-And from the Apostle Paul;

“You will be enriched in every way so that you can be generous on every occasion, and through us your generosity will result in thanksgiving to God.” 2Corinthians 9:11

-Well Cornelius discovered another powerful response to his devotion, prayers and giving,

-When an angel appears in a vision and proclaims;

“Your prayers and your alms have ascended as a memorial before God. Now send men to Joppa for a certain Simon who is called Peter;” Acts 10:4-5

 

-The scene then changes about 40 kilometres south of Caesarea to Peter at Joppa.

-A hungry Peter is about to have his own vision.

-But rather than an angel,

-A large sheet comes down out of heaven with all sorts of potential foodstuffs,

-Hopping, crawling and flying about it.

-As hungry as he is,

-Peter turns up his nose as he hears the command to get up, kill and eat.

-Being a good Jew he exclaims;

“By no means, Lord; for I have never eaten anything that is profane or unclean.” Acts 10:14

 

-In any good story or production there’s a point where dramatic tension is introduced.

-It’s that point where the characters are thrown into some form of dilemma or quandary,

-And the audience waits expectantly to see the outcome.

-Here’s Peter as hungry as a caterpillar in an Eric Carle children’s book,

-But he draws the line at eating one.

-His religious scruples forbid him from eating anything unclean,

-But the voice says to him;

“What God has made clean, you must not call profane.” Acts10:15

-Peter is scratching his head wondering what this means.

-But we’re not are we?

-Because we’ve seen Scene 1.

-In fact we’ve also read the prologue and the authors background notes to this part of the play.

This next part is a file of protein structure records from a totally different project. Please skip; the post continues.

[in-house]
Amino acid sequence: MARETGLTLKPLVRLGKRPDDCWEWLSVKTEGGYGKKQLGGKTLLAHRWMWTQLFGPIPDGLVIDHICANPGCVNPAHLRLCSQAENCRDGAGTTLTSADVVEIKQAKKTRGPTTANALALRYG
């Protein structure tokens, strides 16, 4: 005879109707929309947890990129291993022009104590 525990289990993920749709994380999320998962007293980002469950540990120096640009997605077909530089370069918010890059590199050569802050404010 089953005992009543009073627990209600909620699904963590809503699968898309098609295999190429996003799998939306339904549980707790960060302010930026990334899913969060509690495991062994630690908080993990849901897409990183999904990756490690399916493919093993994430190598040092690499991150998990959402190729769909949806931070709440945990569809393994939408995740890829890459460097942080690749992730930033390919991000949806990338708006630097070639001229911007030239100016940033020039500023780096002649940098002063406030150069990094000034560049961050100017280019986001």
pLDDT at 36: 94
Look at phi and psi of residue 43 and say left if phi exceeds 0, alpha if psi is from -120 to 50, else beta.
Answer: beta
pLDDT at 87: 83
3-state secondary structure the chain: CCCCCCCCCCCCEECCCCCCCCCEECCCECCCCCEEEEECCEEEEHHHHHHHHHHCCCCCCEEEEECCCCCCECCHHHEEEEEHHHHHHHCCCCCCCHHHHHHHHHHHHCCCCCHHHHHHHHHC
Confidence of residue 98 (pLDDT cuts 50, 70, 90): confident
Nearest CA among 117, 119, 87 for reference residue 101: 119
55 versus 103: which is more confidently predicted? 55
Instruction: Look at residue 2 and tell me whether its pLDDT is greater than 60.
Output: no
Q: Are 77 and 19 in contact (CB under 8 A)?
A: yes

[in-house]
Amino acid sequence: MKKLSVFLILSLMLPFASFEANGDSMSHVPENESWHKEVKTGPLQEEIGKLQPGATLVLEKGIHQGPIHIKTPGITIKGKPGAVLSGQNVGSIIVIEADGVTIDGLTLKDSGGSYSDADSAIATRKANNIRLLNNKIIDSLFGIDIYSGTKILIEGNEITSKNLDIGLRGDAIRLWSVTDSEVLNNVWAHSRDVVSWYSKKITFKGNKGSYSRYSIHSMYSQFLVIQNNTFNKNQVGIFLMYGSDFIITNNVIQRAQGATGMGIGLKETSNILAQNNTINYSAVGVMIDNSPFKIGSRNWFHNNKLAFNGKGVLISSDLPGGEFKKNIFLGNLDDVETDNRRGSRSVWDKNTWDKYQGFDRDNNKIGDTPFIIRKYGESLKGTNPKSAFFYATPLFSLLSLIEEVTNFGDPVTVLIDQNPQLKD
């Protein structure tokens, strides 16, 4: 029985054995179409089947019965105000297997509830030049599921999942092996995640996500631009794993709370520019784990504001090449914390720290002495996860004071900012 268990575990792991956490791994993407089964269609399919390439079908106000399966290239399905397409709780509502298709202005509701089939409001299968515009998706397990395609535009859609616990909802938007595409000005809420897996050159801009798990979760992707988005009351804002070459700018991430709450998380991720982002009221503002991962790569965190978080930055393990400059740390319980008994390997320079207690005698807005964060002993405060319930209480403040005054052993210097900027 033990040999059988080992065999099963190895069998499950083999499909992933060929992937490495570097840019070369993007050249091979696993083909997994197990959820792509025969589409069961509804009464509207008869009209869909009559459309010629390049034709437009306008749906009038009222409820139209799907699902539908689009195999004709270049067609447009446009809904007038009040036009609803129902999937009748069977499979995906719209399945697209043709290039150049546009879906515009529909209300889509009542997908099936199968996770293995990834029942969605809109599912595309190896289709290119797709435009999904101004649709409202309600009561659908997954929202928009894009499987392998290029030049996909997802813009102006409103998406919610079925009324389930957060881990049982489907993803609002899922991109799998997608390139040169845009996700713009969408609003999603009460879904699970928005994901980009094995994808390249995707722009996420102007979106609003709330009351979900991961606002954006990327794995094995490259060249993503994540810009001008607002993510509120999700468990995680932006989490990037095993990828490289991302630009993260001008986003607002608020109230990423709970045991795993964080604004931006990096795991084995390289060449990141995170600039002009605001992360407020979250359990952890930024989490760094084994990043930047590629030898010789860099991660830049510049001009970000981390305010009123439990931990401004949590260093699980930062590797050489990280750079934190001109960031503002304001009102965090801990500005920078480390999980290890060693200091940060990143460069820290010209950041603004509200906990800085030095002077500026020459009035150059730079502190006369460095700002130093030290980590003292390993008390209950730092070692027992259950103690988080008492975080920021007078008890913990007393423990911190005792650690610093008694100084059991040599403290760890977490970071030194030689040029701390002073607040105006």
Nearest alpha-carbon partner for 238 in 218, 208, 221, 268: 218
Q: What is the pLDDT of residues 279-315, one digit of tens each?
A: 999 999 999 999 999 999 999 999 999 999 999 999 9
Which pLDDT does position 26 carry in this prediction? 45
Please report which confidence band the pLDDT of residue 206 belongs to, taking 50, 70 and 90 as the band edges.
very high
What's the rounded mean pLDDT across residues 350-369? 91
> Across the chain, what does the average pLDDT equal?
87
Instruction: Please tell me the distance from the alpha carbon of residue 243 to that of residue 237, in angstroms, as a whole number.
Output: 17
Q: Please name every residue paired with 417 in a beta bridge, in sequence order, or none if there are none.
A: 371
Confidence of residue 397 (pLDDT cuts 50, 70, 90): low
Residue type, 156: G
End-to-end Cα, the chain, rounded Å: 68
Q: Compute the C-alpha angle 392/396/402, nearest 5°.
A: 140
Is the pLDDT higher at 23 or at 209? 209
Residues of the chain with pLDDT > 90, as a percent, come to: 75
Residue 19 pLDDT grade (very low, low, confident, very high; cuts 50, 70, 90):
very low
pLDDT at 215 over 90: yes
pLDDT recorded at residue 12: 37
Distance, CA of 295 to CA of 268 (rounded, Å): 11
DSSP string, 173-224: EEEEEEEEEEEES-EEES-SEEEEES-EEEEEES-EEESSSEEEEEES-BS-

-In ch1 we know Jesus had commanded the disciples,

-To be witnesses to him in Jerusalem, Judea, Samaria and the ends of the earth.

-Luke has told us in ch2 that Jews from all around the world had gathered in Jerusalem,

-And had heard Peter and the other apostles speaking to them in their own native tongues.

-In ch8, because of the Jerusalem persecutions,

-Philip has gone witnessing to the people of Samaria.

-In ch8 there’s also a little teaser when Philip is taken by the Holy Spirit,

-To witness to another God-fearer and foreigner who believes and is baptised.

-And while Peter is puzzling over his vision,

-The men from Cornelius rap on his door,

-And the Holy Spirit says;

“Look, three men are searching for you. 20 Now get up, go down, and go with them without hesitation; for I have sent them.” Acts 10:19

 

-The plot is thickening,

-Because there again is that command to ‘go’.

-And once again,

-We know the significance of that little word,

-Because we’ve not only read Luke’s story so far,

-But we’re also familiar with Matthew’s account of the Great Commission and Jesus’ command;

-‘To go and make disciple of all nations.’

-And now in Scene 3 as Peter stands before Cornelius’ household and friends in Caesarea,

-The penny drops;